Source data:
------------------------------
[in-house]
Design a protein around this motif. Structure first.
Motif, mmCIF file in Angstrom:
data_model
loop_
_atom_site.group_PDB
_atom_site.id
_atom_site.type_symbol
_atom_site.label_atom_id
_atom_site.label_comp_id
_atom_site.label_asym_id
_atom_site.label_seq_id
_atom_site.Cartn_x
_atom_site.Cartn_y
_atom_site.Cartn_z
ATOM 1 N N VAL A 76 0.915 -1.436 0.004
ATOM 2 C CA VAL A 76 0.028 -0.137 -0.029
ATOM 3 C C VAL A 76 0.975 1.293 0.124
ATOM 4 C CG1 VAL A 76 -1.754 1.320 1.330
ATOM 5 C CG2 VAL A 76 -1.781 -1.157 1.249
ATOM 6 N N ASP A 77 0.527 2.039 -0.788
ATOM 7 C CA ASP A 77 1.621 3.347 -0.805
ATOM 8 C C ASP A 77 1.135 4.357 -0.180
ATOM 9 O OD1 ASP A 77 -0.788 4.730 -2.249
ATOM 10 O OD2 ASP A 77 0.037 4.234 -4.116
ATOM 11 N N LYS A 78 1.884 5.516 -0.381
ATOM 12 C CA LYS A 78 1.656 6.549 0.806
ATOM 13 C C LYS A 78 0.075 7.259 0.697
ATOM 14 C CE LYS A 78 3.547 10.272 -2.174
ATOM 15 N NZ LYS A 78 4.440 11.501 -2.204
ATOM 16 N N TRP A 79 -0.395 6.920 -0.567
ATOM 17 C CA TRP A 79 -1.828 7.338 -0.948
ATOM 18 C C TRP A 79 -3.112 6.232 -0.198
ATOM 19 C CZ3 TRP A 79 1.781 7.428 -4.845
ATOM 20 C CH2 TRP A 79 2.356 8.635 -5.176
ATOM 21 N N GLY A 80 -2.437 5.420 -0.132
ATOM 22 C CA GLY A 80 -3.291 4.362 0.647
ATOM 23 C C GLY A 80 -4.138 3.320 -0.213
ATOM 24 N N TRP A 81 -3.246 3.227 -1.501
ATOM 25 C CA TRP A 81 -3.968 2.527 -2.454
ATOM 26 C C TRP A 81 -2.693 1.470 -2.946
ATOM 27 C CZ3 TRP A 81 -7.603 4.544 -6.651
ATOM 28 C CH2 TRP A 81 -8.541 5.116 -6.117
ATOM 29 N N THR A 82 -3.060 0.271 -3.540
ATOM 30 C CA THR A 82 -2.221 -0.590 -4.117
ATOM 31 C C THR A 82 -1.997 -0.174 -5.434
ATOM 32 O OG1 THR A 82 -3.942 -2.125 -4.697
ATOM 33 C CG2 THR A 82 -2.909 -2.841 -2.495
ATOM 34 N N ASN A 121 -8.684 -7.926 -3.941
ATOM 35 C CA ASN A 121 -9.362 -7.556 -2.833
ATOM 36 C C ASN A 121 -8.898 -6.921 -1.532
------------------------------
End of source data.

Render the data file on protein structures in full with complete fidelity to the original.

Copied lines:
[in-house]
Design a protein around this motif. Structure first.
Motif, mmCIF file in Angstrom:
data_model
loop_
_atom_site.group_PDB
_atom_site.id
_atom_site.type_symbol
_atom_site.label_atom_id
_atom_site.label_comp_id
_atom_site.label_asym_id
_atom_site.label_seq_id
_atom_site.Cartn_x
_atom_site.Cartn_y
_atom_site.Cartn_z
ATOM 1 N N VAL A 76 0.915 -1.436 0.004
ATOM 2 C CA VAL A 76 0.028 -0.137 -0.029
ATOM 3 C C VAL A 76 0.975 1.293 0.124
ATOM 4 C CG1 VAL A 76 -1.754 1.320 1.330
ATOM 5 C CG2 VAL A 76 -1.781 -1.157 1.249
ATOM 6 N N ASP A 77 0.527 2.039 -0.788
ATOM 7 C CA ASP A 77 1.621 3.347 -0.805
ATOM 8 C C ASP A 77 1.135 4.357 -0.180
ATOM 9 O OD1 ASP A 77 -0.788 4.730 -2.249
ATOM 10 O OD2 ASP A 77 0.037 4.234 -4.116
ATOM 11 N N LYS A 78 1.884 5.516 -0.381
ATOM 12 C CA LYS A 78 1.656 6.549 0.806
ATOM 13 C C LYS A 78 0.075 7.259 0.697
ATOM 14 C CE LYS A 78 3.547 10.272 -2.174
ATOM 15 N NZ LYS A 78 4.440 11.501 -2.204
ATOM 16 N N TRP A 79 -0.395 6.920 -0.567
ATOM 17 C CA TRP A 79 -1.828 7.338 -0.948
ATOM 18 C C TRP A 79 -3.112 6.232 -0.198
ATOM 19 C CZ3 TRP A 79 1.781 7.428 -4.845
ATOM 20 C CH2 TRP A 79 2.356 8.635 -5.176
ATOM 21 N N GLY A 80 -2.437 5.420 -0.132
ATOM 22 C CA GLY A 80 -3.291 4.362 0.647
ATOM 23 C C GLY A 80 -4.138 3.320 -0.213
ATOM 24 N N TRP A 81 -3.246 3.227 -1.501
ATOM 25 C CA TRP A 81 -3.968 2.527 -2.454
ATOM 26 C C TRP A 81 -2.693 1.470 -2.946
ATOM 27 C CZ3 TRP A 81 -7.603 4.544 -6.651
ATOM 28 C CH2 TRP A 81 -8.541 5.116 -6.117
ATOM 29 N N THR A 82 -3.060 0.271 -3.540
ATOM 30 C CA THR A 82 -2.221 -0.590 -4.117
ATOM 31 C C THR A 82 -1.997 -0.174 -5.434
ATOM 32 O OG1 THR A 82 -3.942 -2.125 -4.697
ATOM 33 C CG2 THR A 82 -2.909 -2.841 -2.495
ATOM 34 N N ASN A 121 -8.684 -7.926 -3.941
ATOM 35 C CA ASN A 121 -9.362 -7.556 -2.833
ATOM 36 C C ASN A 121 -8.898 -6.921 -1.532